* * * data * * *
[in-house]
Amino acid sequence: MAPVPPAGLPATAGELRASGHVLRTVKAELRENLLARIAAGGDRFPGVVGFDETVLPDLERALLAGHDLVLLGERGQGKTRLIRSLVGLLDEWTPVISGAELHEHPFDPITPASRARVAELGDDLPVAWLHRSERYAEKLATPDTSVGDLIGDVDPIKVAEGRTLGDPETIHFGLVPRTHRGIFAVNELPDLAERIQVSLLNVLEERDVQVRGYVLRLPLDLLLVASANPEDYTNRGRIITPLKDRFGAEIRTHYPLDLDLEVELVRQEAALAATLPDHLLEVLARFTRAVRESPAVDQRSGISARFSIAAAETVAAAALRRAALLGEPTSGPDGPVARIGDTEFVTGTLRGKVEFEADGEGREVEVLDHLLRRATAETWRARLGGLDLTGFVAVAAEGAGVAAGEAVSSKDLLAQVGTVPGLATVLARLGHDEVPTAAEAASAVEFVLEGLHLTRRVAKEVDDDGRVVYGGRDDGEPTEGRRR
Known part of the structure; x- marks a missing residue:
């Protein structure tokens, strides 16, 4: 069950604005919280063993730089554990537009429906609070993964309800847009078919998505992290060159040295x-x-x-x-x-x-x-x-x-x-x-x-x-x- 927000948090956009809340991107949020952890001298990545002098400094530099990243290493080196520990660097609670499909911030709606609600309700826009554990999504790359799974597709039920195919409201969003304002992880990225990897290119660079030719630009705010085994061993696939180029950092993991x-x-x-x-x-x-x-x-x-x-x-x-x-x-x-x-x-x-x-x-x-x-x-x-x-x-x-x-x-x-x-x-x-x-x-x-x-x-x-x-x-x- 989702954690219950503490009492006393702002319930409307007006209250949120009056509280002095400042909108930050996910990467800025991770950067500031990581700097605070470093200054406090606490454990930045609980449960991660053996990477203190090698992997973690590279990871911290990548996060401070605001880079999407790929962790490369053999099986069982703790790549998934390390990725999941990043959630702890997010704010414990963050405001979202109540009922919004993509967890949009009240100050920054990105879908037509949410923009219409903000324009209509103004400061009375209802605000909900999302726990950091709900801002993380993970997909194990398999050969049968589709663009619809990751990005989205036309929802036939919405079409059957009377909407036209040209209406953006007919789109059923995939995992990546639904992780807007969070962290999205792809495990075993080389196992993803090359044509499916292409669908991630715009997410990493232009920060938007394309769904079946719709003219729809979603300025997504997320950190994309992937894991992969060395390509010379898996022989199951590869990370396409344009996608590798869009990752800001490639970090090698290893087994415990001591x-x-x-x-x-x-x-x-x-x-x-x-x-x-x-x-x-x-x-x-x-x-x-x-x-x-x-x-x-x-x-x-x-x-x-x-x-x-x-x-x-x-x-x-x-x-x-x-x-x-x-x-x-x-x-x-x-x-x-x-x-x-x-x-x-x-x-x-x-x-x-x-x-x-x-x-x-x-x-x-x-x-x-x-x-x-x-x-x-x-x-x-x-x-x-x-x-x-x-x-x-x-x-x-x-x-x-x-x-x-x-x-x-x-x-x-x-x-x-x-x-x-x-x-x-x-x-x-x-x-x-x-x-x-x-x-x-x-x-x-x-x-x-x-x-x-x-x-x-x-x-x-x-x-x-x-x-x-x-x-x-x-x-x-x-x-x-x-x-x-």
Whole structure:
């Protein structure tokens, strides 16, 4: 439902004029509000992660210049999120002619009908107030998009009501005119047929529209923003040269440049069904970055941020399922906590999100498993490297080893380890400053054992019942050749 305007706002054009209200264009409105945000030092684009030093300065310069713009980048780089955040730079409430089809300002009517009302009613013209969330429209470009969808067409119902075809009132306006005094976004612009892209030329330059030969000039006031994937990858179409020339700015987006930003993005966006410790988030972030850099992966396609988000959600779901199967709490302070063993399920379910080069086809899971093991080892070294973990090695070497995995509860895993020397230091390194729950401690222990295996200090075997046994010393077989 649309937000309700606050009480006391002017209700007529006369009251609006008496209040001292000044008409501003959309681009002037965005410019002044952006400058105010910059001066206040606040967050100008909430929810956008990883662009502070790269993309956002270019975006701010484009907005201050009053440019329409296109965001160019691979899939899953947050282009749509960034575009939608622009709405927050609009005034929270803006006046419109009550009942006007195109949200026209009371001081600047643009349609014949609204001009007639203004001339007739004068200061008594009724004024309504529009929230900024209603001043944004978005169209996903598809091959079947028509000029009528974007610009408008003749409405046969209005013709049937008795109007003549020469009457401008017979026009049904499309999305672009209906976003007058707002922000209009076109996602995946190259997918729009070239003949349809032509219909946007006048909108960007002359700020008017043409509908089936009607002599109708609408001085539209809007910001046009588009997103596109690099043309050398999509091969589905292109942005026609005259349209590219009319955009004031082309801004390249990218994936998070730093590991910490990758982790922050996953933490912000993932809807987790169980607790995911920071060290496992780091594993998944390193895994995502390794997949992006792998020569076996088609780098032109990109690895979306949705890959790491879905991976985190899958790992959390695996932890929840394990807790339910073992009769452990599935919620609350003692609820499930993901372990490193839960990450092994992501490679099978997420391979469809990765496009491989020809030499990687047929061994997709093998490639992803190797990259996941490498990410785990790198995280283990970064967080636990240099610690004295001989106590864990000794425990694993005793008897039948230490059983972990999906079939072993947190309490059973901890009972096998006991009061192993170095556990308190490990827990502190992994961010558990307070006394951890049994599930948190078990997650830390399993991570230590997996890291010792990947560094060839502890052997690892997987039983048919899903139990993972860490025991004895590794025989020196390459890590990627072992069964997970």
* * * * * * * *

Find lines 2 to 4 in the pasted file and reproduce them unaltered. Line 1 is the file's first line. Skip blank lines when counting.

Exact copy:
Amino acid sequence: MAPVPPAGLPATAGELRASGHVLRTVKAELRENLLARIAAGGDRFPGVVGFDETVLPDLERALLAGHDLVLLGERGQGKTRLIRSLVGLLDEWTPVISGAELHEHPFDPITPASRARVAELGDDLPVAWLHRSERYAEKLATPDTSVGDLIGDVDPIKVAEGRTLGDPETIHFGLVPRTHRGIFAVNELPDLAERIQVSLLNVLEERDVQVRGYVLRLPLDLLLVASANPEDYTNRGRIITPLKDRFGAEIRTHYPLDLDLEVELVRQEAALAATLPDHLLEVLARFTRAVRESPAVDQRSGISARFSIAAAETVAAAALRRAALLGEPTSGPDGPVARIGDTEFVTGTLRGKVEFEADGEGREVEVLDHLLRRATAETWRARLGGLDLTGFVAVAAEGAGVAAGEAVSSKDLLAQVGTVPGLATVLARLGHDEVPTAAEAASAVEFVLEGLHLTRRVAKEVDDDGRVVYGGRDDGEPTEGRRR
Known part of the structure; x- marks a missing residue:
């Protein structure tokens, strides 16, 4: 069950604005919280063993730089554990537009429906609070993964309800847009078919998505992290060159040295x-x-x-x-x-x-x-x-x-x-x-x-x-x- 927000948090956009809340991107949020952890001298990545002098400094530099990243290493080196520990660097609670499909911030709606609600309700826009554990999504790359799974597709039920195919409201969003304002992880990225990897290119660079030719630009705010085994061993696939180029950092993991x-x-x-x-x-x-x-x-x-x-x-x-x-x-x-x-x-x-x-x-x-x-x-x-x-x-x-x-x-x-x-x-x-x-x-x-x-x-x-x-x-x- 989702954690219950503490009492006393702002319930409307007006209250949120009056509280002095400042909108930050996910990467800025991770950067500031990581700097605070470093200054406090606490454990930045609980449960991660053996990477203190090698992997973690590279990871911290990548996060401070605001880079999407790929962790490369053999099986069982703790790549998934390390990725999941990043959630702890997010704010414990963050405001979202109540009922919004993509967890949009009240100050920054990105879908037509949410923009219409903000324009209509103004400061009375209802605000909900999302726990950091709900801002993380993970997909194990398999050969049968589709663009619809990751990005989205036309929802036939919405079409059957009377909407036209040209209406953006007919789109059923995939995992990546639904992780807007969070962290999205792809495990075993080389196992993803090359044509499916292409669908991630715009997410990493232009920060938007394309769904079946719709003219729809979603300025997504997320950190994309992937894991992969060395390509010379898996022989199951590869990370396409344009996608590798869009990752800001490639970090090698290893087994415990001591x-x-x-x-x-x-x-x-x-x-x-x-x-x-x-x-x-x-x-x-x-x-x-x-x-x-x-x-x-x-x-x-x-x-x-x-x-x-x-x-x-x-x-x-x-x-x-x-x-x-x-x-x-x-x-x-x-x-x-x-x-x-x-x-x-x-x-x-x-x-x-x-x-x-x-x-x-x-x-x-x-x-x-x-x-x-x-x-x-x-x-x-x-x-x-x-x-x-x-x-x-x-x-x-x-x-x-x-x-x-x-x-x-x-x-x-x-x-x-x-x-x-x-x-x-x-x-x-x-x-x-x-x-x-x-x-x-x-x-x-x-x-x-x-x-x-x-x-x-x-x-x-x-x-x-x-x-x-x-x-x-x-x-x-x-x-x-x-x-x-």